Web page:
A Symbol of Reverence and Gratitude


There are so many phrases that flowers express.

I’m sorry.

Thank you.


Feel better.

I love you.

This is a fact that every florist knows but one that’s not so obvious for consumers who have unlimited gift options for nearly every occasion.

But for the thousands of people who visited graveyards last Monday to celebrate the true meaning of Memorial Day, there was no denying the poignancy of a single rose.


The Memorial Day Flowers Foundation, which started in 2011 with three floral industry professionals handing out 10,000 roses to visitors in Arlington National Cemetery, has exploded in the last four years. Last week, more than 250 organizations, including flower farmers, wholesalers, retailers, non-floral businesses and civic organizations participated in cemeteries throughout the country (see below). Their task: hand each visitor a rose and ask them to place it on the headstone of a fallen soldier to memorialize his or her ultimate sacrifice.

MDFlowers Map

Nicola Parker, CFD, TMFA, the daughter of Staff Sgt. James Frank Whitmore, who served the Air Force for 40 years and passed away in April, became involved in the Memorial Day Flowers effort to work through her grief and to help others do the same. She and her siblings spent Memorial Day handing out 3,000 roses to visitors at the Sacramento Valley National Cemetery.

“I want to thank them with one rose,” she told local news reporter Hayley Guenthner.

Ryan Black, marketing and media director for Jet Fresh Flower Distributors, was among a small group of floral professionals from Miami, Fla., who trekked to Arlington National Cemetery to volunteer. Industry professionals worked alongside 150 cub scouts and boy scouts to distribute more than 100,000 roses.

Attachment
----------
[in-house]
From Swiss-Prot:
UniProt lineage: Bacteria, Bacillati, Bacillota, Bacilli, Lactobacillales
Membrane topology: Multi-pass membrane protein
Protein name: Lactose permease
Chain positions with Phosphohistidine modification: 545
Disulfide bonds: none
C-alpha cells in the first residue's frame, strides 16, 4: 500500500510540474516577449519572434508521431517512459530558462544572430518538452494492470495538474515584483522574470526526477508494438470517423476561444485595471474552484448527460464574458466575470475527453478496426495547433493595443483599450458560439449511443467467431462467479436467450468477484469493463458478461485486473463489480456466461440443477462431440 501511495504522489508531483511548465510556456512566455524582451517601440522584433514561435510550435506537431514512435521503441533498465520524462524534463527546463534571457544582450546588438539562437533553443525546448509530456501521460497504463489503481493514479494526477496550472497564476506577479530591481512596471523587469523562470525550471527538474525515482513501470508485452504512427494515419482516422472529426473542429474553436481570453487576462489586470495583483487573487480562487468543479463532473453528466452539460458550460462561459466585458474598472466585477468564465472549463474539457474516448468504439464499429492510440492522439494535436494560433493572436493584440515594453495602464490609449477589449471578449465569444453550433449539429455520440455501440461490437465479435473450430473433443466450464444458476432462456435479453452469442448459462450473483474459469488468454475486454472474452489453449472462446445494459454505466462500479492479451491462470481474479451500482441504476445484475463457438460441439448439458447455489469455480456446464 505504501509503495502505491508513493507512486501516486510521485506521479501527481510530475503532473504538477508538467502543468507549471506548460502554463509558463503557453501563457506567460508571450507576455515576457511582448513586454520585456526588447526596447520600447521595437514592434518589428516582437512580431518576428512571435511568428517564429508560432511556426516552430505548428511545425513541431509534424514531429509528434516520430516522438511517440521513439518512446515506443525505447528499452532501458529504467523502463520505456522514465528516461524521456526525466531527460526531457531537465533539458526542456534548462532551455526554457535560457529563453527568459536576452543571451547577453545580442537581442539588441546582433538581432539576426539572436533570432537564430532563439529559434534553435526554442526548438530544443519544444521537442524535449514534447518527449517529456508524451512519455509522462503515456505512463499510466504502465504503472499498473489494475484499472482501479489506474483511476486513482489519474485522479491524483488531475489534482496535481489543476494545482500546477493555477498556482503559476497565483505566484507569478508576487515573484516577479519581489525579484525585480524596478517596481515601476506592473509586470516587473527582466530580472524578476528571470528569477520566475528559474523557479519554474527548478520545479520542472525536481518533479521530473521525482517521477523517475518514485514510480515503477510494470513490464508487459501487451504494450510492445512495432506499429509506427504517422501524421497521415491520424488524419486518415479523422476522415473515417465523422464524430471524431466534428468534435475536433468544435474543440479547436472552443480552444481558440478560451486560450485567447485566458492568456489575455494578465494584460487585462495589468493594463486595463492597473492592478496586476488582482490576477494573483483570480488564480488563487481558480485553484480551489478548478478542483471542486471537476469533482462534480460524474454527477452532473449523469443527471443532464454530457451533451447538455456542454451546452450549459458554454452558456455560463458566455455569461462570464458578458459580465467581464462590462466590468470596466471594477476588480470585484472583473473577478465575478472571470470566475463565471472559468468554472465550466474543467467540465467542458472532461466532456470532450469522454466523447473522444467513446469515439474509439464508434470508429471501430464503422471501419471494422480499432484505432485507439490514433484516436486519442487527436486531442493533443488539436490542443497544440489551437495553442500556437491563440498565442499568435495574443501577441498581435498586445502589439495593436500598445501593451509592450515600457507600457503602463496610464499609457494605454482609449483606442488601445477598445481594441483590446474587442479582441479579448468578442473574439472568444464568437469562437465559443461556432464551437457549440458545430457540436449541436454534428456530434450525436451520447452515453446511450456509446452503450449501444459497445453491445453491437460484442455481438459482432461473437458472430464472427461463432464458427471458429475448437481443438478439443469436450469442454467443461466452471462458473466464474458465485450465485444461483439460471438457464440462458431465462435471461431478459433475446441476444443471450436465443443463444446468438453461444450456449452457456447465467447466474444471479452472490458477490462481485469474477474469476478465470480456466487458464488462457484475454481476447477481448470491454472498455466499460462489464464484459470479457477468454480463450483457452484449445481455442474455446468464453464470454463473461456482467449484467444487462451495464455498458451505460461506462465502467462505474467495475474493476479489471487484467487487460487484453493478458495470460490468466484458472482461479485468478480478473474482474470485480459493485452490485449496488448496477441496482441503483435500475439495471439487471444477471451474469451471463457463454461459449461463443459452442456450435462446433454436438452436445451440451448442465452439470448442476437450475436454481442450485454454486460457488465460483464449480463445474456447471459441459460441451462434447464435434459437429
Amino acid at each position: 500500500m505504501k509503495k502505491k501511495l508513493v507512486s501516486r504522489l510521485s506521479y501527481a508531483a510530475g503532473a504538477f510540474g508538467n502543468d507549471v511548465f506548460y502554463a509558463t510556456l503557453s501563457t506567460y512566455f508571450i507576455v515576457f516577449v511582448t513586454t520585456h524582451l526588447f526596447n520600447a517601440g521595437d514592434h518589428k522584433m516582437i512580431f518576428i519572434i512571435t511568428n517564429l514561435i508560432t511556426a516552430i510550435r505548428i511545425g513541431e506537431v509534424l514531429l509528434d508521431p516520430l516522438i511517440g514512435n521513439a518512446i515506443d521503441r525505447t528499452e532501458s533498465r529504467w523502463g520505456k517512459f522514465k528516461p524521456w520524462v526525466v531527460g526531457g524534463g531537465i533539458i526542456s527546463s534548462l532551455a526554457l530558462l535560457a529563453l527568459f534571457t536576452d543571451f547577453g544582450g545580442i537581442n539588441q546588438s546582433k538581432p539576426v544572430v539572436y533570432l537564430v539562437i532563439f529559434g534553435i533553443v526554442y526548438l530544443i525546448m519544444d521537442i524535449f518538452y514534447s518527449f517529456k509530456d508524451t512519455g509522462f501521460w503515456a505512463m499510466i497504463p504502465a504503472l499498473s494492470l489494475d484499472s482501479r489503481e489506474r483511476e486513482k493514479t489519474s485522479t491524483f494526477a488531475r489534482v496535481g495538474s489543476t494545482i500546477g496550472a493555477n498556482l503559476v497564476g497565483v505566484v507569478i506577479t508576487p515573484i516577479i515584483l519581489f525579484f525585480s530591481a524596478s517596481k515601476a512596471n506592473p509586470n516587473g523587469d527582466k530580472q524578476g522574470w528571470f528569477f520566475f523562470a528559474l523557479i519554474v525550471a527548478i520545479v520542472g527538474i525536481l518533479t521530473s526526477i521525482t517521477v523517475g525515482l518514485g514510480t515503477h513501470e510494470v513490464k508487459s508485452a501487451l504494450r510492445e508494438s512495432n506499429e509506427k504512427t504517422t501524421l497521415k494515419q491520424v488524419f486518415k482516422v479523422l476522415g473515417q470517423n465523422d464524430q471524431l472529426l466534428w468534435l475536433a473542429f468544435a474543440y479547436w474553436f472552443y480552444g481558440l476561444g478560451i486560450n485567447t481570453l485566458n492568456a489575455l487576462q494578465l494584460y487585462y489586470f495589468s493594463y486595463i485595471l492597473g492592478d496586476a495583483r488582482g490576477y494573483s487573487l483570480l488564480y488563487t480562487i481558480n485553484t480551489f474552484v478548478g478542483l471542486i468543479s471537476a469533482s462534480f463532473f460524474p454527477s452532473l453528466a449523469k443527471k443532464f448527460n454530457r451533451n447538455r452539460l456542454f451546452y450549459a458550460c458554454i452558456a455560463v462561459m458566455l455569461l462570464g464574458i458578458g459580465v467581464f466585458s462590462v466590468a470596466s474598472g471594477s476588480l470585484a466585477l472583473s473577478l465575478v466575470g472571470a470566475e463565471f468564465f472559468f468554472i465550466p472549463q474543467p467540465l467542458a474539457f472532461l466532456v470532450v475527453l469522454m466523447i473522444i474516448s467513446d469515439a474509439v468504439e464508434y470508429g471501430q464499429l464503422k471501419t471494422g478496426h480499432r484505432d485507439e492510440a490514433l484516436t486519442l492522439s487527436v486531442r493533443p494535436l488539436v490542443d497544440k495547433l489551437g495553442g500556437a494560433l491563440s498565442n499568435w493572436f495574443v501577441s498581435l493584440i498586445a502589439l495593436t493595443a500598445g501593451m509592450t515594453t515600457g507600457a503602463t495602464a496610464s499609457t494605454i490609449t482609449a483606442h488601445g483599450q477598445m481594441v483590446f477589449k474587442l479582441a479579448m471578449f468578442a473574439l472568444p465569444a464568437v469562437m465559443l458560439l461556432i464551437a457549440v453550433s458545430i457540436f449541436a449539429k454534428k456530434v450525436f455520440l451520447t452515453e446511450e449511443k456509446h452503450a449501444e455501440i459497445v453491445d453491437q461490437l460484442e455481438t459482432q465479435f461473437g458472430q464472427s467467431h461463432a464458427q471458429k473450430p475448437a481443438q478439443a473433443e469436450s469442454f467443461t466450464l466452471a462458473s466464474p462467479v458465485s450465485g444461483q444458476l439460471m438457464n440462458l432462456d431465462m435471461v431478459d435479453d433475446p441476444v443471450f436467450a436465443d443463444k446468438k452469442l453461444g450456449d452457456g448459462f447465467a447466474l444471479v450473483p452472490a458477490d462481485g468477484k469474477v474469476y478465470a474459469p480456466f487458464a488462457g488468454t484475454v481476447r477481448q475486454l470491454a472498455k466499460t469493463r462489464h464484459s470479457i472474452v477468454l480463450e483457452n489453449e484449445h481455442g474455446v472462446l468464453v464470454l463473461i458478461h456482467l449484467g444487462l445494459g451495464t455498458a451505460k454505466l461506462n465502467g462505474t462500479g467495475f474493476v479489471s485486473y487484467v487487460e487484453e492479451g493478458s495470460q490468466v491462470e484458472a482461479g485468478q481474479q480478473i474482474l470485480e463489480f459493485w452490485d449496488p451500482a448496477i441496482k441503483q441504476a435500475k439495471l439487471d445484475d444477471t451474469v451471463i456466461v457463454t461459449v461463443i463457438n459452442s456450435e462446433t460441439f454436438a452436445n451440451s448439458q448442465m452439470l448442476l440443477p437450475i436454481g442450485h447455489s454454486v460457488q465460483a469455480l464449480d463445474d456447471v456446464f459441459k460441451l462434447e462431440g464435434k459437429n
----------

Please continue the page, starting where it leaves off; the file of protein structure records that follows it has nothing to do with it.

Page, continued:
Volunteers manned Arlington’s entrances, as well as Section 60, a 14-acre expanse where the soldiers from the most recent wars are buried. “This section had the most people visiting,” Black said. “It was very emotional. Tina [his colleague] didn’t make it five minutes before she was in tears.”


The Jet Fresh team was blown away seeing how visitors reacted to receiving a flower.

“It was a very somber occasion, but they were all so appreciative,” he said. “It was amazing to see Vietnam veterans thanking the boy scouts for THEIR service of handing out roses to bring these wonderful people some cheer.”

Click here to see Black’s photos of the event.

Click below to hear Raphael Sogueco, son of the Society of American Florists’ Chief Information Officer Renato Sogueco, talk about his experience with Memorial Day Flowers.